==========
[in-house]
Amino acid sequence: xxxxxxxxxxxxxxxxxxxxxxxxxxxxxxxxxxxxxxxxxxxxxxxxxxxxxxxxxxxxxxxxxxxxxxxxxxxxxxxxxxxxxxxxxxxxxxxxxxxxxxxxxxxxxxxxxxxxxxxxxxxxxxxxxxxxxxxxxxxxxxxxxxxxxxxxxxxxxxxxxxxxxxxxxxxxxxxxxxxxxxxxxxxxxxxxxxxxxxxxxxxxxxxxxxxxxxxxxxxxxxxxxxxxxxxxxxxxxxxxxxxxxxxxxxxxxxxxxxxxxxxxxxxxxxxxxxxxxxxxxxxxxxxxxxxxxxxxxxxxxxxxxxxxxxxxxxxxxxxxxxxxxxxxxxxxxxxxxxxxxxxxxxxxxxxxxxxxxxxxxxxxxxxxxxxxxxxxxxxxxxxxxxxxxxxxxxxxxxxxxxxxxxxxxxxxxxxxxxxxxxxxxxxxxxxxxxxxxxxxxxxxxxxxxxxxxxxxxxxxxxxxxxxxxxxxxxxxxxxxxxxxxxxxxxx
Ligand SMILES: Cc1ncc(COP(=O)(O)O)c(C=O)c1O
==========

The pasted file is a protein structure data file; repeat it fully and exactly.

[in-house]
Amino acid sequence: xxxxxxxxxxxxxxxxxxxxxxxxxxxxxxxxxxxxxxxxxxxxxxxxxxxxxxxxxxxxxxxxxxxxxxxxxxxxxxxxxxxxxxxxxxxxxxxxxxxxxxxxxxxxxxxxxxxxxxxxxxxxxxxxxxxxxxxxxxxxxxxxxxxxxxxxxxxxxxxxxxxxxxxxxxxxxxxxxxxxxxxxxxxxxxxxxxxxxxxxxxxxxxxxxxxxxxxxxxxxxxxxxxxxxxxxxxxxxxxxxxxxxxxxxxxxxxxxxxxxxxxxxxxxxxxxxxxxxxxxxxxxxxxxxxxxxxxxxxxxxxxxxxxxxxxxxxxxxxxxxxxxxxxxxxxxxxxxxxxxxxxxxxxxxxxxxxxxxxxxxxxxxxxxxxxxxxxxxxxxxxxxxxxxxxxxxxxxxxxxxxxxxxxxxxxxxxxxxxxxxxxxxxxxxxxxxxxxxxxxxxxxxxxxxxxxxxxxxxxxxxxxxxxxxxxxxxxxxxxxxxxxxxxxxxx
Ligand SMILES: Cc1ncc(COP(=O)(O)O)c(C=O)c1O